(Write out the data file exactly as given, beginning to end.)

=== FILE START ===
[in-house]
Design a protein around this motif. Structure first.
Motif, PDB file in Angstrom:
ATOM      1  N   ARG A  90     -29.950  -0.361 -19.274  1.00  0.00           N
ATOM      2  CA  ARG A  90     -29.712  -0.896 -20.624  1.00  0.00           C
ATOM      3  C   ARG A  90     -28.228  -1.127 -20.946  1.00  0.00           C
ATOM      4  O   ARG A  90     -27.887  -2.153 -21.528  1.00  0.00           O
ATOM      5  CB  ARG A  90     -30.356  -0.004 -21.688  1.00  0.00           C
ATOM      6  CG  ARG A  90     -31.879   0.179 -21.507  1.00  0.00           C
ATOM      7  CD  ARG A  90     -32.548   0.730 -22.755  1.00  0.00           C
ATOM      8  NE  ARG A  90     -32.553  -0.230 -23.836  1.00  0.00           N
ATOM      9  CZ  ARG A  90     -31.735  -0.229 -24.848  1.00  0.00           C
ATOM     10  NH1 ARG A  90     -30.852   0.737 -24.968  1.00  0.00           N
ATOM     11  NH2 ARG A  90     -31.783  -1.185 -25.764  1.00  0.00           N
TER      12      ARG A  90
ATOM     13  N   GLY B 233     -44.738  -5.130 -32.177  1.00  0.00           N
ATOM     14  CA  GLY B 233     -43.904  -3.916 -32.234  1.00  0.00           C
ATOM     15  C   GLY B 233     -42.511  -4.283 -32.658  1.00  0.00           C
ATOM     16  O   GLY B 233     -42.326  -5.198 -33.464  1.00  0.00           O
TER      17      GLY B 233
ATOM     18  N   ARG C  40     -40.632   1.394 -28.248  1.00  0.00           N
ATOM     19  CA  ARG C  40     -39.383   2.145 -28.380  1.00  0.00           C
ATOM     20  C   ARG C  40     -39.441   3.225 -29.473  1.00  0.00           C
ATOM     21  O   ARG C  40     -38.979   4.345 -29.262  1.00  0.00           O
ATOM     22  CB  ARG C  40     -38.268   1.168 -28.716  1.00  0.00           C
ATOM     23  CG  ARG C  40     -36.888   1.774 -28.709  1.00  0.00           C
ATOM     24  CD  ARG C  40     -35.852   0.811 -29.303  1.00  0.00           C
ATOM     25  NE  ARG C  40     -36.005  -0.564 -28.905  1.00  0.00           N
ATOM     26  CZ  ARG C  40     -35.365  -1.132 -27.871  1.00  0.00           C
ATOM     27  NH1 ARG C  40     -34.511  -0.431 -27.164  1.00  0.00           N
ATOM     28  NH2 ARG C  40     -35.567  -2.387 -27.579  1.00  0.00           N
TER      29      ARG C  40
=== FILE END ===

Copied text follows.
[in-house]
Design a protein around this motif. Structure first.
Motif, PDB file in Angstrom:
ATOM      1  N   ARG A  90     -29.950  -0.361 -19.274  1.00  0.00           N
ATOM      2  CA  ARG A  90     -29.712  -0.896 -20.624  1.00  0.00           C
ATOM      3  C   ARG A  90     -28.228  -1.127 -20.946  1.00  0.00           C
ATOM      4  O   ARG A  90     -27.887  -2.153 -21.528  1.00  0.00           O
ATOM      5  CB  ARG A  90     -30.356  -0.004 -21.688  1.00  0.00           C
ATOM      6  CG  ARG A  90     -31.879   0.179 -21.507  1.00  0.00           C
ATOM      7  CD  ARG A  90     -32.548   0.730 -22.755  1.00  0.00           C
ATOM      8  NE  ARG A  90     -32.553  -0.230 -23.836  1.00  0.00           N
ATOM      9  CZ  ARG A  90     -31.735  -0.229 -24.848  1.00  0.00           C
ATOM     10  NH1 ARG A  90     -30.852   0.737 -24.968  1.00  0.00           N
ATOM     11  NH2 ARG A  90     -31.783  -1.185 -25.764  1.00  0.00           N
TER      12      ARG A  90
ATOM     13  N   GLY B 233     -44.738  -5.130 -32.177  1.00  0.00           N
ATOM     14  CA  GLY B 233     -43.904  -3.916 -32.234  1.00  0.00           C
ATOM     15  C   GLY B 233     -42.511  -4.283 -32.658  1.00  0.00           C
ATOM     16  O   GLY B 233     -42.326  -5.198 -33.464  1.00  0.00           O
TER      17      GLY B 233
ATOM     18  N   ARG C  40     -40.632   1.394 -28.248  1.00  0.00           N
ATOM     19  CA  ARG C  40     -39.383   2.145 -28.380  1.00  0.00           C
ATOM     20  C   ARG C  40     -39.441   3.225 -29.473  1.00  0.00           C
ATOM     21  O   ARG C  40     -38.979   4.345 -29.262  1.00  0.00           O
ATOM     22  CB  ARG C  40     -38.268   1.168 -28.716  1.00  0.00           C
ATOM     23  CG  ARG C  40     -36.888   1.774 -28.709  1.00  0.00           C
ATOM     24  CD  ARG C  40     -35.852   0.811 -29.303  1.00  0.00           C
ATOM     25  NE  ARG C  40     -36.005  -0.564 -28.905  1.00  0.00           N
ATOM     26  CZ  ARG C  40     -35.365  -1.132 -27.871  1.00  0.00           C
ATOM     27  NH1 ARG C  40     -34.511  -0.431 -27.164  1.00  0.00           N
ATOM     28  NH2 ARG C  40     -35.567  -2.387 -27.579  1.00  0.00           N
TER      29      ARG C  40